In contrast to sensor data, where observations are naturally collected over equally spaced intervals, as in the collection of PA accelerometer data [, ], ILA tends to be unequally spaced because of missing data. Time series analyses should be applied to ILA data with caution. Methods to address missing time series data, including imputation and model-based approaches [ - ], are not readily available for standard time series routines in software. For example, the imputeTS package for R [ ] imputes missing observations in time series data but is not integrated with other time series packages in R. Time series analyses should not be automatically ruled out in the presence of missing data, as fruitful inferences can still be made as was the case in this study. Our ad hoc approach for dealing with missing data was to only analyze time series analyses with a small amount of missing data so that missing observations would not impact the estimation of moving averages and changepoints to a large degree. Our ad hoc approach hinged on 2 main assumptions. Missing data in the time series we retained were minimal and spread out throughout the time series so that adjacent observations in the analysis data were all fairly close in proximity to each other, if not adjacent. Of course, missing data may not be evenly spread throughout the time series; nonresponse may increase over time [ , , , ]. Moreover, missing data patterns may differ between time series if participants tend to self-report one HB more than others on a daily basis, for example. This is problematic for commonly used models for multivariate time series (eg, see Tsay [ ]), many of which assume equally spaced observations within and between time series.
As the second assumption for our ad hoc approach, we assumed missing data to be a random subset of observations from the same distribution as the observed data so that moving average estimates and other time series calculations were not biased by the exclusion of missing data. Missing data were assumed to be missing completely at random [, ]; this is a strong assumption and best addressed by minimizing missing data. When considering study designs that incorporate ILA, it is important to consider buy-in in filling out ILA from the target population so that missing data are minimized. For example, higher rates of filling out ILA have been found in patient [ , , ] versus nonpatient populations [ , ]. In addition to study design considerations, further statistical development is needed to address missing data in time series analyses and determine the sensitivity to be missing completely at random and other missing data assumptions.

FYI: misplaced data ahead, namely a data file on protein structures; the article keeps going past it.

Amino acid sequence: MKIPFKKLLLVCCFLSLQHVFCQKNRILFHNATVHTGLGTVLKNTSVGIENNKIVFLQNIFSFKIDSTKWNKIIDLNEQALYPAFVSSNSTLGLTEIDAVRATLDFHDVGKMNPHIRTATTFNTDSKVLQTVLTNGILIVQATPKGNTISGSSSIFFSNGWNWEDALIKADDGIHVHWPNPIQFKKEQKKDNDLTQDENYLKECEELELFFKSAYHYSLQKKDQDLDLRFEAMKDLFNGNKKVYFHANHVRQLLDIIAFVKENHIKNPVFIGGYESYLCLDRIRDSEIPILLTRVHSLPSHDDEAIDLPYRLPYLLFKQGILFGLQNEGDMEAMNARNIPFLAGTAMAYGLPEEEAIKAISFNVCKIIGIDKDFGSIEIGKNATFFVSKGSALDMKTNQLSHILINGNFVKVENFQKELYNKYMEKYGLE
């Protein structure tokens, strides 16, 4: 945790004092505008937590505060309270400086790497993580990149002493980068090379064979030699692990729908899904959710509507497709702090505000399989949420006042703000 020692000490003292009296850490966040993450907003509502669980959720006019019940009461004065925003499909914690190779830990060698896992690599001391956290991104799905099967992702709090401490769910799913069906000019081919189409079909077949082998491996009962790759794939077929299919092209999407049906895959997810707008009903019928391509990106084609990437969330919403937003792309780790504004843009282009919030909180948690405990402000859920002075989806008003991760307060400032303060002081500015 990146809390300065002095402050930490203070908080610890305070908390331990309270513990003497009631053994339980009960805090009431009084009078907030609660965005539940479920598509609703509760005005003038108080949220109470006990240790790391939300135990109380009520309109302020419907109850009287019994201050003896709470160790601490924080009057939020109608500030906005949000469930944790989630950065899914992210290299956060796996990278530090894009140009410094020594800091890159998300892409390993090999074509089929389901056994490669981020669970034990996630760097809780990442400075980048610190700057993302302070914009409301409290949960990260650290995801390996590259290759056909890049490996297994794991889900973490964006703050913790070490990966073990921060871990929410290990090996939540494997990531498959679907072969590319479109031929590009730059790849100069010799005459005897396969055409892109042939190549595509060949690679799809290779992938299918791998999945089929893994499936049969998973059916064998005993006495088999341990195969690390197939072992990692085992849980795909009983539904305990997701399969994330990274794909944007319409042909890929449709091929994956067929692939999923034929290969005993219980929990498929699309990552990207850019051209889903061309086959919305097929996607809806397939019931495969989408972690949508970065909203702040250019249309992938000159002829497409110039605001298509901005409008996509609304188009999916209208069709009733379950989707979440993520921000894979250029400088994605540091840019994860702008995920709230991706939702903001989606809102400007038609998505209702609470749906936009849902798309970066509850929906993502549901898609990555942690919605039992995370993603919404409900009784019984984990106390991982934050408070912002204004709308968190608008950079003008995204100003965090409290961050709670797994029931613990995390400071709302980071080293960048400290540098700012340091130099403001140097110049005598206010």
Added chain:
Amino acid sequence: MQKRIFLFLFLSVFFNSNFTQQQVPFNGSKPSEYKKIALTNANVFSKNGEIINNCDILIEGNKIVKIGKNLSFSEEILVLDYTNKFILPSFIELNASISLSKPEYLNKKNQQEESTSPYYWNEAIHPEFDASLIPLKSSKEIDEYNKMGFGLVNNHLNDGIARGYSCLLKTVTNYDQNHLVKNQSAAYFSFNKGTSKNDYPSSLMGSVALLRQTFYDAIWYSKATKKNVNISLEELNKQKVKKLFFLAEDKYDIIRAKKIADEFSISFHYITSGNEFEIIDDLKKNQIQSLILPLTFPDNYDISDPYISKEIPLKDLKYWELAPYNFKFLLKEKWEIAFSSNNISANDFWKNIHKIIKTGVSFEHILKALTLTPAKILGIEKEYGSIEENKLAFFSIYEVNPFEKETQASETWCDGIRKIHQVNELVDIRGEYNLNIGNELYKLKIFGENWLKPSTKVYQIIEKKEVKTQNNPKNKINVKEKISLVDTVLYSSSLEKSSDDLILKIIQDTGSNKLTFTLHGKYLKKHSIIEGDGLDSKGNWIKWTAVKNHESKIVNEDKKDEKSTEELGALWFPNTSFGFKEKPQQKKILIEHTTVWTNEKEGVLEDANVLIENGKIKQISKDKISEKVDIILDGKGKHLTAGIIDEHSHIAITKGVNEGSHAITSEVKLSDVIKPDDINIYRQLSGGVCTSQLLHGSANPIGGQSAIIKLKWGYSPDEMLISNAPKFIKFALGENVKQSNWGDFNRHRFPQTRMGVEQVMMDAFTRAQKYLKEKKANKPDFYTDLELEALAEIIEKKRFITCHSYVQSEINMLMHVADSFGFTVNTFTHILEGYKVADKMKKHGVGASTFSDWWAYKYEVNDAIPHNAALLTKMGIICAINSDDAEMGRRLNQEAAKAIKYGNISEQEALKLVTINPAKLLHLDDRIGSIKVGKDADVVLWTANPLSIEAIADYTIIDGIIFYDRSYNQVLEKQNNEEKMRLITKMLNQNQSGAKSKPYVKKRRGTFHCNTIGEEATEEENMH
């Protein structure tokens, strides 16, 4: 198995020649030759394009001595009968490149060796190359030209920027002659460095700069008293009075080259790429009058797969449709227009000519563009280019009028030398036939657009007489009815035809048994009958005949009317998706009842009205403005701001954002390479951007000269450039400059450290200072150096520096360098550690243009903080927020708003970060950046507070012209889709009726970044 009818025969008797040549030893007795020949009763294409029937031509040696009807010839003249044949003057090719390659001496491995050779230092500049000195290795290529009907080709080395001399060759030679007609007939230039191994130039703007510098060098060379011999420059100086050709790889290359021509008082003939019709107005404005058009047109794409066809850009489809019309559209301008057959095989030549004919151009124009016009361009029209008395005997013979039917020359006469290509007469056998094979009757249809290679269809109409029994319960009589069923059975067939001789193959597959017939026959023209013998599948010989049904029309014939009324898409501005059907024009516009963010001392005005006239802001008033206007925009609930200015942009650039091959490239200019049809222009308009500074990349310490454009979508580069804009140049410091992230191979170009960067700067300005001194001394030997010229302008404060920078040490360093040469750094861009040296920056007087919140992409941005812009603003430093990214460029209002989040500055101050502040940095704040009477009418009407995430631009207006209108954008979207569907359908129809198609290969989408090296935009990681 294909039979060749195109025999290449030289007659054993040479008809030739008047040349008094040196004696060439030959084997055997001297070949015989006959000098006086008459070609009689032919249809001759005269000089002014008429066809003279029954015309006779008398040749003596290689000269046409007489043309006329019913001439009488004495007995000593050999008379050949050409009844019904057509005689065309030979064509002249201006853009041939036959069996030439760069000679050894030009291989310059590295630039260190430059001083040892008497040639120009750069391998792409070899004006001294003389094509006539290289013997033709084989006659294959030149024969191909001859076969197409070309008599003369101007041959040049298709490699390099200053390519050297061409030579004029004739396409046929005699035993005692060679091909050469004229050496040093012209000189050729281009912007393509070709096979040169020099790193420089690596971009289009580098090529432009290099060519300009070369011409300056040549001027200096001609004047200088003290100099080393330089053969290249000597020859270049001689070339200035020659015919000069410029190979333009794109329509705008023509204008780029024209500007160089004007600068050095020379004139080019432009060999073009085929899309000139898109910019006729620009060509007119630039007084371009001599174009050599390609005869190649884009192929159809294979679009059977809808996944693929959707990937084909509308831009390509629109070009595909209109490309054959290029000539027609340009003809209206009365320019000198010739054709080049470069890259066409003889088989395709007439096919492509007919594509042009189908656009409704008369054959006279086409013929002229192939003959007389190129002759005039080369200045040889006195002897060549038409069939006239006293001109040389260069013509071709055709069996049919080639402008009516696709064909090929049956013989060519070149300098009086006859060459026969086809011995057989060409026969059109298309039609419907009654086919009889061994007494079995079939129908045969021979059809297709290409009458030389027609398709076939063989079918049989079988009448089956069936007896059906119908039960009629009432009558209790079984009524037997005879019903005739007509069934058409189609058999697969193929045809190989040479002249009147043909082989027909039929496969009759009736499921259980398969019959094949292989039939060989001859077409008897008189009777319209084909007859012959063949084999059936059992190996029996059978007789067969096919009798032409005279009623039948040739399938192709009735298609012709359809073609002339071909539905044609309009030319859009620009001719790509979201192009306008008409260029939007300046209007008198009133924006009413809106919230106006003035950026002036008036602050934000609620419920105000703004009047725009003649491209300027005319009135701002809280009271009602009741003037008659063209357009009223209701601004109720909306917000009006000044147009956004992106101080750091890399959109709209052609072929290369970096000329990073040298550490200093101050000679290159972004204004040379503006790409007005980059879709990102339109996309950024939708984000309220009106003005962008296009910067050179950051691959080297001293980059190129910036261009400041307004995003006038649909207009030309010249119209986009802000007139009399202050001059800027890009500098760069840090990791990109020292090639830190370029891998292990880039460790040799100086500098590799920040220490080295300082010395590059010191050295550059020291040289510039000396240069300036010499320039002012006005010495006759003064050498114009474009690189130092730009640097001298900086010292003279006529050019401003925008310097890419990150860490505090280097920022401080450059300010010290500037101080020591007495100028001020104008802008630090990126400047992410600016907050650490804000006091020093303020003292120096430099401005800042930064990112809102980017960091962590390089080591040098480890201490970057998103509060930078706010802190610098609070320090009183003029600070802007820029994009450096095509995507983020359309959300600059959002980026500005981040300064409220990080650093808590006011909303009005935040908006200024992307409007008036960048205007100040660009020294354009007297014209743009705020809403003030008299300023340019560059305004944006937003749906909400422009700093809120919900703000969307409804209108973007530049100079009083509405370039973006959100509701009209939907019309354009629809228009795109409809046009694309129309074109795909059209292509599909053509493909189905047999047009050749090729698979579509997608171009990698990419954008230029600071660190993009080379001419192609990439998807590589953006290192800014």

Notwithstanding the limitations, time series analyses provide a starting point where prior studies have left off. In their review paper, Stults-Kolehmainen and Sinha  noted different findings for stress and PA relationships across studies, including findings of positive and negative associations, and no association. The same paper provided a reasonable rationale for differences with a focus on study design issues, such as differing levels of rigor and sample sizes. Arguably, different study findings are also attributed, in part, to individual-level differences, some of which were accounted for by regression analyses and some which were not. Time series analyses can help fill in gaps in understanding what traditional regression modeling alone cannot do.
This research was supported by the National Institutes of Health (Grant # RC1HL099556, # P30MH58107, and # K01MH089270). The National Institutes of Health had no role in the design, analysis, or writing of this paper.
Conflicts of Interest
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|EMA: ecological momentary assessment|
|HB: health behavior|
|ILA: intensive longitudinal assessment|
|ILD: intensive longitudinal data|
|PA: physical activity|
|PELT: Pruned Exact Linear Time|
|RE: random effects|
Edited by G Eysenbach; submitted 16.05.18; peer-reviewed by L Becker, M Ainsworth; comments to author 27.09.18; revised version received 08.10.18; accepted 09.10.18; published 05.11.18Copyright
©W Scott Comulada, Dallas Swendeman, Roxana Rezai, Nithya Ramanathan. Originally published in JMIR Formative Research (http://formative.jmir.org), 05.11.2018.